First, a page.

Thursday, February 13, 2014

"The Dismal Science"

Peter Mountford’s debut novel, A Young Man’s Guide to Late Capitalism, won the 2012 Washington State Book Award and was a finalist in the 2012 VCU Cabell First Novelist Prize. In its full-page review, The Seattle Times wrote: “Debut novels don't come much savvier, punchier, or more entertaining...the work of an extraordinary talent.”

Mountford applied the Page 69 Test to his new novel, The Dismal Science, and reported the following:
Page 69 of The Dismal Science is uncannily representative of the book itself. At that point in the story, Vincenzo D’Orsi, the protagonist, has called his friend Walter who’s a well-known reporter at the Washington Post, and he’s unloading the story—on the record, he insists—about this ostensibly private argument with a colleague at the World Bank. Walter is uneasy with this confession. It’s a good story, on one hand, but it’s also obviously very self-destructive of his friend to come to him with it in this way.

So much of the book is concerned with how we make decisions: the intersection of your sense of moral imperative and your itching self-interest. Throughout the book there’s a pervading sense that all best laid plans are outrageously futile. There’s no point it playing the game well because the outcome is arbitrary, anyway—and where do you measure outcome in life, anyway? Isn’t the outcome of life always the same (i.e. death)?

Still, Walter’s in this tricky place with Vincenzo, he’s trying to keep Vincenzo at bay, and he’s also trying to tease the story out. Finally, Walter just swings the door open at the top of 69:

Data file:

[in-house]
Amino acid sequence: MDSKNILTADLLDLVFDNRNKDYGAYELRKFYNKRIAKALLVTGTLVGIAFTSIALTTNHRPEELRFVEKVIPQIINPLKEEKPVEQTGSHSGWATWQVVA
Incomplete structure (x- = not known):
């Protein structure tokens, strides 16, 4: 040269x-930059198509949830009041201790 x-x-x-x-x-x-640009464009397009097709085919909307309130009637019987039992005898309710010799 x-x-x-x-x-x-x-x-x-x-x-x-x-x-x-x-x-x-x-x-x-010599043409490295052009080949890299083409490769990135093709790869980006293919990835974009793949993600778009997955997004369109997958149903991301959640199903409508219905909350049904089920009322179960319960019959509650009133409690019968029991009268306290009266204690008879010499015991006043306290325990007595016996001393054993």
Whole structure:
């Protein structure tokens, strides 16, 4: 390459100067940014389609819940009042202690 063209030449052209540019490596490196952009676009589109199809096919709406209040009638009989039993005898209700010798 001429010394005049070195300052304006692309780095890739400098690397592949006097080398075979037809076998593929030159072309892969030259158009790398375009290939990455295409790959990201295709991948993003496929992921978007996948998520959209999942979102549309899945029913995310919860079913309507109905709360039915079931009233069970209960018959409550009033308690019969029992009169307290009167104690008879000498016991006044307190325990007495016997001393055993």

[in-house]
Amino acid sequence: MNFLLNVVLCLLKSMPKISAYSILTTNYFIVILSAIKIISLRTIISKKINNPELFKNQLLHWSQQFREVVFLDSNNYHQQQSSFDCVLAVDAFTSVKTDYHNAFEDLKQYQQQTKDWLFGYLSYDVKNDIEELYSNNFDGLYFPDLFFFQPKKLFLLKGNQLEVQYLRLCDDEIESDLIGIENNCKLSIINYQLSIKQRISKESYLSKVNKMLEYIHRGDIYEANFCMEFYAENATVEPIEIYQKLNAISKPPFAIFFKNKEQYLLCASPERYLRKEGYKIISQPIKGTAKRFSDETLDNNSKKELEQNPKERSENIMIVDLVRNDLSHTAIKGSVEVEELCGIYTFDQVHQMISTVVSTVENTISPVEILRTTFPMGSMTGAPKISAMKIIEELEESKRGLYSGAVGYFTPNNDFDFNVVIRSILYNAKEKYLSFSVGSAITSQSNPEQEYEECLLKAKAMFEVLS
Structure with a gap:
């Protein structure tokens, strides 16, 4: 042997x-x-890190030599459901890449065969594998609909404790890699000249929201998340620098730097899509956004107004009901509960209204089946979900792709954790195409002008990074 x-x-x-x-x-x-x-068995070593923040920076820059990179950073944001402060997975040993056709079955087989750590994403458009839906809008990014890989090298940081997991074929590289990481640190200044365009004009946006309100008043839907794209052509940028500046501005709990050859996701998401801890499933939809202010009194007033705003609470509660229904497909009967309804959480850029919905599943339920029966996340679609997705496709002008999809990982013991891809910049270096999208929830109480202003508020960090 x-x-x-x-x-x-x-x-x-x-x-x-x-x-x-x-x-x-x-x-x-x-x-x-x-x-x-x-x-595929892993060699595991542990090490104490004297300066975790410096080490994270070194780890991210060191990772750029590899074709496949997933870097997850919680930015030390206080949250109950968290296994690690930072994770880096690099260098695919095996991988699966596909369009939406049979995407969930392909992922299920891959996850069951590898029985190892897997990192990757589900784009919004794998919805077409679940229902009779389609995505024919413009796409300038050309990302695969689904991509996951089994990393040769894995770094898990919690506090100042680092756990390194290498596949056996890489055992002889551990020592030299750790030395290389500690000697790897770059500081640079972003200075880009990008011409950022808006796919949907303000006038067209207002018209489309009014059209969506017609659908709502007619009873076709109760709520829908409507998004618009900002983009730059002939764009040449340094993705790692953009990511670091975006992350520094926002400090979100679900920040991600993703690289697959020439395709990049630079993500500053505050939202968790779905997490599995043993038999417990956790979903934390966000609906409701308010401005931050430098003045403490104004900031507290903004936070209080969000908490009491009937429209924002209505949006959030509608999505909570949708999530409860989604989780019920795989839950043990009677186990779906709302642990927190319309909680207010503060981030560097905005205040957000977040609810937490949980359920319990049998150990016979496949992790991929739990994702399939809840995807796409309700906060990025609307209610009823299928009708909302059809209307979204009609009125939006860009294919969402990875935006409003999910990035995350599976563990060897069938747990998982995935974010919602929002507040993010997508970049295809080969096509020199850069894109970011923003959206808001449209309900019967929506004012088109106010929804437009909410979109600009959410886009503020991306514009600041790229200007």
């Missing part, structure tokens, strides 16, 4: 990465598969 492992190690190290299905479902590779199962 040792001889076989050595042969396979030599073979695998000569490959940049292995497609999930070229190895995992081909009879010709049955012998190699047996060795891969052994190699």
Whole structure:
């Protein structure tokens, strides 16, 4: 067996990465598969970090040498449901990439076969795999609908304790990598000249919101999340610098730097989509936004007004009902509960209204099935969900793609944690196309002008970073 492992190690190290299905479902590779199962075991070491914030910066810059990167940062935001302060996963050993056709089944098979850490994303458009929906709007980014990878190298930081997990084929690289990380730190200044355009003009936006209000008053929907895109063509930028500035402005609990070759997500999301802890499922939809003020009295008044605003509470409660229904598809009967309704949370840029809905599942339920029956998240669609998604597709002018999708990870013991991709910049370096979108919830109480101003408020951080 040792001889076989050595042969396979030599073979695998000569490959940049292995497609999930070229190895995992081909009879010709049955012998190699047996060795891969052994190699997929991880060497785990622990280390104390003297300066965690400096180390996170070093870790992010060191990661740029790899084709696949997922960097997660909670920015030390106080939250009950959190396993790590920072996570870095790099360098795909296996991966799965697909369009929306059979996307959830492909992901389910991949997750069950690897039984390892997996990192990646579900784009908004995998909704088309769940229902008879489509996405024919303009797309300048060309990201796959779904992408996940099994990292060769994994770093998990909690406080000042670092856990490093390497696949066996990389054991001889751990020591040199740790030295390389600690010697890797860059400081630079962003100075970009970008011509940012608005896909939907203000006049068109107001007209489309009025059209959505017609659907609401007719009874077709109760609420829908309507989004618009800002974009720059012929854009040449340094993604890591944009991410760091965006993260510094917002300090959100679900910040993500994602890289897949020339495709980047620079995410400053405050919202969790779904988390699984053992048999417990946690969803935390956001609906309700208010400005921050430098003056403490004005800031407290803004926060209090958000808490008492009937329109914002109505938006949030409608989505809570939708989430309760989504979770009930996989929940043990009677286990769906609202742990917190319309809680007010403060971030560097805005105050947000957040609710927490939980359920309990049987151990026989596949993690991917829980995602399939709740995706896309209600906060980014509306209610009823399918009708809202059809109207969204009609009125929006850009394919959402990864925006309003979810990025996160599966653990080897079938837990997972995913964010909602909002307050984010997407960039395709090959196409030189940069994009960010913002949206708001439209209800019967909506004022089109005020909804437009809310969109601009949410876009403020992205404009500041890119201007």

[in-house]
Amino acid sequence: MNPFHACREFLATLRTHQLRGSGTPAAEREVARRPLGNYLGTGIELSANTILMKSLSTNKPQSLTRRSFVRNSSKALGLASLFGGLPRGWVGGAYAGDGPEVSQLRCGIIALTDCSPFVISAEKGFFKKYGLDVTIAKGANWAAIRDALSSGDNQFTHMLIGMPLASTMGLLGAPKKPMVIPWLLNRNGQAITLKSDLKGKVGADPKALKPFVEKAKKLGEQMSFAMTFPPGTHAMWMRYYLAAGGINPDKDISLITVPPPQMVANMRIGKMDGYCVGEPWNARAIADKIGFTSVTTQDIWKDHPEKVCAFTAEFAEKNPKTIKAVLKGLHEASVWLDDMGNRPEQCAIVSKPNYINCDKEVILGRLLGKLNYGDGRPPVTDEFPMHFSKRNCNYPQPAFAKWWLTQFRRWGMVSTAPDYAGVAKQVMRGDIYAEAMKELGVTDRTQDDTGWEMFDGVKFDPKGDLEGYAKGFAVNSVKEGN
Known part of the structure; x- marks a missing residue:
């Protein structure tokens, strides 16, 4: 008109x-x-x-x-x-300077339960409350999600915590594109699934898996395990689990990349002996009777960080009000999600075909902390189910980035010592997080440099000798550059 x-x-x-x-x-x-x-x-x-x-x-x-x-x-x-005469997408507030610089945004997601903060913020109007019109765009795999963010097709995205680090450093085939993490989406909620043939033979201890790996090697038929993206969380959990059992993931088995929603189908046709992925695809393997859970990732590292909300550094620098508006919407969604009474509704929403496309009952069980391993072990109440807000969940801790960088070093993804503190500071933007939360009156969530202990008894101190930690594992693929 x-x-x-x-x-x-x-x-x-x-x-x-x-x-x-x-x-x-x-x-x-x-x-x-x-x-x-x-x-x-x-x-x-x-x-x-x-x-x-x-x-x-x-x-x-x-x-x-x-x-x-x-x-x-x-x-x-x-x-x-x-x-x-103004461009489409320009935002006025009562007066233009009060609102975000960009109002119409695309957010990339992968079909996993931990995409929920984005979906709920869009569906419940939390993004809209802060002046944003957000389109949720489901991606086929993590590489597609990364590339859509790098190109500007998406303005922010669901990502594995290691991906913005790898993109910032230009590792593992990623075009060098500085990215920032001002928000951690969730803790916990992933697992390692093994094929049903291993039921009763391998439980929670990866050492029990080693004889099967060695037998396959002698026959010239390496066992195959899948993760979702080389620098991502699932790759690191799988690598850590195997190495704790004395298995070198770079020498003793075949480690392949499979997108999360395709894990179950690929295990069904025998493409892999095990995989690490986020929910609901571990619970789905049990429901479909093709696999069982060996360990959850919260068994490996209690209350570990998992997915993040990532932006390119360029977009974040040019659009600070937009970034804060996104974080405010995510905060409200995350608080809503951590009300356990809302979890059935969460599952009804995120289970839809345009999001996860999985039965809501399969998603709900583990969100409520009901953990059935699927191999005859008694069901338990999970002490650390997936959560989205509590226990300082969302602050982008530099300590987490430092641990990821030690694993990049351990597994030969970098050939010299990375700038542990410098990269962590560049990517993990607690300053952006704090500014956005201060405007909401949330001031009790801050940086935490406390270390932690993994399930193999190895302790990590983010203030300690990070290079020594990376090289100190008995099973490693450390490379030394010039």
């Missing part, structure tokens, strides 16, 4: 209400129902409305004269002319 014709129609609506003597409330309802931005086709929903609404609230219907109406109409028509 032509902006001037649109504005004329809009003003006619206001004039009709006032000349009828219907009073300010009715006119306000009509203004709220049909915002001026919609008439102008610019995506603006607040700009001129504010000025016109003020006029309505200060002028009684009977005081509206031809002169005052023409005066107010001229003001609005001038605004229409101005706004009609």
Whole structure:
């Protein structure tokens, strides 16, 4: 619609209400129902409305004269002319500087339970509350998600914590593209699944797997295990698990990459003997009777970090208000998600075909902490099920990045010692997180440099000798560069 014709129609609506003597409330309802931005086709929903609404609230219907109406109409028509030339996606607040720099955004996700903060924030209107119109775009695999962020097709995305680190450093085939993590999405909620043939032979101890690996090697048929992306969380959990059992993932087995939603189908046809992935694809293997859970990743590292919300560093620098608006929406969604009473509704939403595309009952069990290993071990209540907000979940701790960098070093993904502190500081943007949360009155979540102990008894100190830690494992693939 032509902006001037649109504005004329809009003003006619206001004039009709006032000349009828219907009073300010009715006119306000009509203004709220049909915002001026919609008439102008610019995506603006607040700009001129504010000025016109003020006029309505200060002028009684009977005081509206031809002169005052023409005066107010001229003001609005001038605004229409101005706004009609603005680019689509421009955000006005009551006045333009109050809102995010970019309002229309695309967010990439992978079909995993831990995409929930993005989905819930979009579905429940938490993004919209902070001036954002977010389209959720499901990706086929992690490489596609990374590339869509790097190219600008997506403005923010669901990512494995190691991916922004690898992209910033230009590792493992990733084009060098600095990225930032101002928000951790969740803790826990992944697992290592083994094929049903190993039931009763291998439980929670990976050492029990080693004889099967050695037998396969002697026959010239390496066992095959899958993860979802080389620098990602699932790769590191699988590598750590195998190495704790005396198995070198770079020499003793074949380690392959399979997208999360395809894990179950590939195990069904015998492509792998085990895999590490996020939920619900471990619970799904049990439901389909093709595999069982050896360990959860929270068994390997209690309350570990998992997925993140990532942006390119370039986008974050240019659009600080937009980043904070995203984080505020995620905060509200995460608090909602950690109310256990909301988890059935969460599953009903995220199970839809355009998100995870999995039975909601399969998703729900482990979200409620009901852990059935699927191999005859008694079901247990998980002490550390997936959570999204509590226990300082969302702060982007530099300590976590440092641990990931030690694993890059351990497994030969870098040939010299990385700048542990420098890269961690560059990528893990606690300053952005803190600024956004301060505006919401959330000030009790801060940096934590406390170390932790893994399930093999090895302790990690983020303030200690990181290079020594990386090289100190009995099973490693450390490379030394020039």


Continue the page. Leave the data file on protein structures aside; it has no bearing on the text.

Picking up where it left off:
At last, [Walter] said, “Fuck it. Okay. Go on.”

Much of the rest of the conversation was a blur [to Vincenzo], as are most of the truly important moments in life. Those great events always seemed to be formalized in interactions that, when recalled, appeared bright and blurry—like an iridescent watercolor left out in a rainstorm. The memory of his proposal to Cristina was like that, as was the conversation when she told him that she was pregnant. Leonora’s birth: the only remaining image was of the thick dark blood seeping slowly from the freshly cut umbilical cord—and later, in Italy, when Leonora lost her leg, he remembered only huddling with Cristina, her nails digging deep into his wrist, while the electric saw screamed in the next room. Of the conversation with the doctor who told him that Cristina was dead, he remembered nothing whatsoever, just a hand on his shoulder. And, of this latest incident, telling Walter about the conversation with William Hamilton, Vincenzo would remember mainly that Walter offered him several opportunities to back out, but he continued.

At one point, Walter even said. “God! Have you talked to Wolfowitz, because I bet he’ll take your side.”

“I actually did talk to him. And you’re right. He took my side.”

“So, what’s the point?” Walter shot back with unusually stark emotion in his voice. Like so many of the old guard in the DC press, Walter was a wan and debauched preppy—blond and fond of seersucker in the summer, tasseled loafers whenever; he was Buckley-esque. Still, his mind was a ferocious instrument dulled only around the periphery by years of monomania and heroic boozing.
Learn more about the book and author at Peter Mountford's website.

The Page 69 Test: A Young Man's Guide to Late Capitalism.

My Book, The Movie: A Young Man's Guide to Late Capitalism.

--Marshal Zeringue